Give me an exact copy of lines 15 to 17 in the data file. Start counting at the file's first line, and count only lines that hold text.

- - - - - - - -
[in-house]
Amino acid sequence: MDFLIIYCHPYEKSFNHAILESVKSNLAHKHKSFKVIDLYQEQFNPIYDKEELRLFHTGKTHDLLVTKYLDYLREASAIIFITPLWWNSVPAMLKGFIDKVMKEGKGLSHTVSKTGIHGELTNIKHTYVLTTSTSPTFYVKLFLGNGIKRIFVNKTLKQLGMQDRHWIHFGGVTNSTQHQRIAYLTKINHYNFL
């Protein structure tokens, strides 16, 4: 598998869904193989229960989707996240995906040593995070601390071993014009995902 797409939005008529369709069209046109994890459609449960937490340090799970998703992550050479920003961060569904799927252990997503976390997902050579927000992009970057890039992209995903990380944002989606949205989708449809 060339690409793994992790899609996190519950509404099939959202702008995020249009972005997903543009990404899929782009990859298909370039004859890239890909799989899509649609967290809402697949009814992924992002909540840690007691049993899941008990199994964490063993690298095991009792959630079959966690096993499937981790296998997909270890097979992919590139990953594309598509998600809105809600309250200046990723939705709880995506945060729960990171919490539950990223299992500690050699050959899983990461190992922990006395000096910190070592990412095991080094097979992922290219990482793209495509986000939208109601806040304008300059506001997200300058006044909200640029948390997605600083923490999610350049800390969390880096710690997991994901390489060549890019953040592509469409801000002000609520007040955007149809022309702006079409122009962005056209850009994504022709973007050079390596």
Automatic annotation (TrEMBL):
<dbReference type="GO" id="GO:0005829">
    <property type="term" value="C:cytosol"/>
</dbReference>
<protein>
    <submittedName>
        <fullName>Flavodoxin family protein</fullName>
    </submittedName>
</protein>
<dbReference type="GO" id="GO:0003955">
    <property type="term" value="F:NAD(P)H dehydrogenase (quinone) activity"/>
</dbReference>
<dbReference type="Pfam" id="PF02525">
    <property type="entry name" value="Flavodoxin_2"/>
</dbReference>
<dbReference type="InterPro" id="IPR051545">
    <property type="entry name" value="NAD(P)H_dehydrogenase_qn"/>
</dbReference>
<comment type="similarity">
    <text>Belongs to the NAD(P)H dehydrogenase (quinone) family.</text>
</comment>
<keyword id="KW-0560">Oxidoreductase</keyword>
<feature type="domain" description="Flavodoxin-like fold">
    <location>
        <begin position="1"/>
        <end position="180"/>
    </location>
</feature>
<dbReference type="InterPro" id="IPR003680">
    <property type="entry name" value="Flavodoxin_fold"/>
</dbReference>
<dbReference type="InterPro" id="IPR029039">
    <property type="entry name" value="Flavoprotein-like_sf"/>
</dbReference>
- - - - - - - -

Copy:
</dbReference>
<dbReference type="Pfam" id="PF02525">
    <property type="entry name" value="Flavodoxin_2"/>